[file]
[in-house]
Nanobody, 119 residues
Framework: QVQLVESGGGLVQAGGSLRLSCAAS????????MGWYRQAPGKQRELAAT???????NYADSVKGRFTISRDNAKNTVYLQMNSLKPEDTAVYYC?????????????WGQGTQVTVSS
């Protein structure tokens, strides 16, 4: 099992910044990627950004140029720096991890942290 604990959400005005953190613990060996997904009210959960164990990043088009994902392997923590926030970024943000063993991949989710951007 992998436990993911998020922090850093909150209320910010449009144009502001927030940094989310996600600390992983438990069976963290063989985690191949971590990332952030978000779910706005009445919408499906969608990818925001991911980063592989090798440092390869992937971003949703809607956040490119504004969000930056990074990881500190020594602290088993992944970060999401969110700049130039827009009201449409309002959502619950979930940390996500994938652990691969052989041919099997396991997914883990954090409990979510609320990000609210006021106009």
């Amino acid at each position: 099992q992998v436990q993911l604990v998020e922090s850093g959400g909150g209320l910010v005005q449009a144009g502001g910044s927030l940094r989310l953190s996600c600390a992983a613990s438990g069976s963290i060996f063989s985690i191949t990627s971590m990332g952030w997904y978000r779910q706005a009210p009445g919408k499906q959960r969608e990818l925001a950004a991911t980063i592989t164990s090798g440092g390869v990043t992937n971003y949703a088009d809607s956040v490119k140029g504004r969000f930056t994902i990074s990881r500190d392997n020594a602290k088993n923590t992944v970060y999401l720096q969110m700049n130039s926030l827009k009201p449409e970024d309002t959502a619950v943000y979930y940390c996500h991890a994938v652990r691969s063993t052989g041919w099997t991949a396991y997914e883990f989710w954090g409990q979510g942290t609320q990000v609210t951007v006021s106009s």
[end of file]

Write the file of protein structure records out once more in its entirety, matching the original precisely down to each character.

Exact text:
[in-house]
Nanobody, 119 residues
Framework: QVQLVESGGGLVQAGGSLRLSCAAS????????MGWYRQAPGKQRELAAT???????NYADSVKGRFTISRDNAKNTVYLQMNSLKPEDTAVYYC?????????????WGQGTQVTVSS
């Protein structure tokens, strides 16, 4: 099992910044990627950004140029720096991890942290 604990959400005005953190613990060996997904009210959960164990990043088009994902392997923590926030970024943000063993991949989710951007 992998436990993911998020922090850093909150209320910010449009144009502001927030940094989310996600600390992983438990069976963290063989985690191949971590990332952030978000779910706005009445919408499906969608990818925001991911980063592989090798440092390869992937971003949703809607956040490119504004969000930056990074990881500190020594602290088993992944970060999401969110700049130039827009009201449409309002959502619950979930940390996500994938652990691969052989041919099997396991997914883990954090409990979510609320990000609210006021106009």
């Amino acid at each position: 099992q992998v436990q993911l604990v998020e922090s850093g959400g909150g209320l910010v005005q449009a144009g502001g910044s927030l940094r989310l953190s996600c600390a992983a613990s438990g069976s963290i060996f063989s985690i191949t990627s971590m990332g952030w997904y978000r779910q706005a009210p009445g919408k499906q959960r969608e990818l925001a950004a991911t980063i592989t164990s090798g440092g390869v990043t992937n971003y949703a088009d809607s956040v490119k140029g504004r969000f930056t994902i990074s990881r500190d392997n020594a602290k088993n923590t992944v970060y999401l720096q969110m700049n130039s926030l827009k009201p449409e970024d309002t959502a619950v943000y979930y940390c996500h991890a994938v652990r691969s063993t052989g041919w099997t991949a396991y997914e883990f989710w954090g409990q979510g942290t609320q990000v609210t951007v006021s106009s």